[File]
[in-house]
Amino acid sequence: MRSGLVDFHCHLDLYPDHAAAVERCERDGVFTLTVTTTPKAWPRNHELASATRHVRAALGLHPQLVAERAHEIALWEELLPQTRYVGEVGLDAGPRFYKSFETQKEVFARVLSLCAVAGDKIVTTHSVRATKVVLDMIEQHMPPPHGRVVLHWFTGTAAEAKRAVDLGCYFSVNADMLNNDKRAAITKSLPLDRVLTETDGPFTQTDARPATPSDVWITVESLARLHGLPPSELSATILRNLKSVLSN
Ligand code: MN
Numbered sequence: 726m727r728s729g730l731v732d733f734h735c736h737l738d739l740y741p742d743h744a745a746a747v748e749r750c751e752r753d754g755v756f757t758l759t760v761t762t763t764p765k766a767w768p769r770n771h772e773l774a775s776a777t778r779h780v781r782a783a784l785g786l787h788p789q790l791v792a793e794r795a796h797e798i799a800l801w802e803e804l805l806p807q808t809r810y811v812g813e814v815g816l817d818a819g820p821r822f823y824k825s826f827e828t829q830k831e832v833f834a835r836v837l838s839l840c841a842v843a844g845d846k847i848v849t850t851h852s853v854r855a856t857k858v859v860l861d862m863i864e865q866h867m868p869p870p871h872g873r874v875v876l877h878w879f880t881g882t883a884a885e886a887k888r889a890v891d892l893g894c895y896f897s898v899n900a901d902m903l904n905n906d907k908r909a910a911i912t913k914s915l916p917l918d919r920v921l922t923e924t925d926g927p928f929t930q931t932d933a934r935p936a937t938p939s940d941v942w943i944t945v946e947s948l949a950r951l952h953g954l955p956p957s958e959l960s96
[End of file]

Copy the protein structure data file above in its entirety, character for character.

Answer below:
[in-house]
Amino acid sequence: MRSGLVDFHCHLDLYPDHAAAVERCERDGVFTLTVTTTPKAWPRNHELASATRHVRAALGLHPQLVAERAHEIALWEELLPQTRYVGEVGLDAGPRFYKSFETQKEVFARVLSLCAVAGDKIVTTHSVRATKVVLDMIEQHMPPPHGRVVLHWFTGTAAEAKRAVDLGCYFSVNADMLNNDKRAAITKSLPLDRVLTETDGPFTQTDARPATPSDVWITVESLARLHGLPPSELSATILRNLKSVLSN
Ligand code: MN
Numbered sequence: 726m727r728s729g730l731v732d733f734h735c736h737l738d739l740y741p742d743h744a745a746a747v748e749r750c751e752r753d754g755v756f757t758l759t760v761t762t763t764p765k766a767w768p769r770n771h772e773l774a775s776a777t778r779h780v781r782a783a784l785g786l787h788p789q790l791v792a793e794r795a796h797e798i799a800l801w802e803e804l805l806p807q808t809r810y811v812g813e814v815g816l817d818a819g820p821r822f823y824k825s826f827e828t829q830k831e832v833f834a835r836v837l838s839l840c841a842v843a844g845d846k847i848v849t850t851h852s853v854r855a856t857k858v859v860l861d862m863i864e865q866h867m868p869p870p871h872g873r874v875v876l877h878w879f880t881g882t883a884a885e886a887k888r889a890v891d892l893g894c895y896f897s898v899n900a901d902m903l904n905n906d907k908r909a910a911i912t913k914s915l916p917l918d919r920v921l922t923e924t925d926g927p928f929t930q931t932d933a934r935p936a937t938p939s940d941v942w943i944t945v946e947s948l949a950r951l952h953g954l955p956p957s958e959l960s96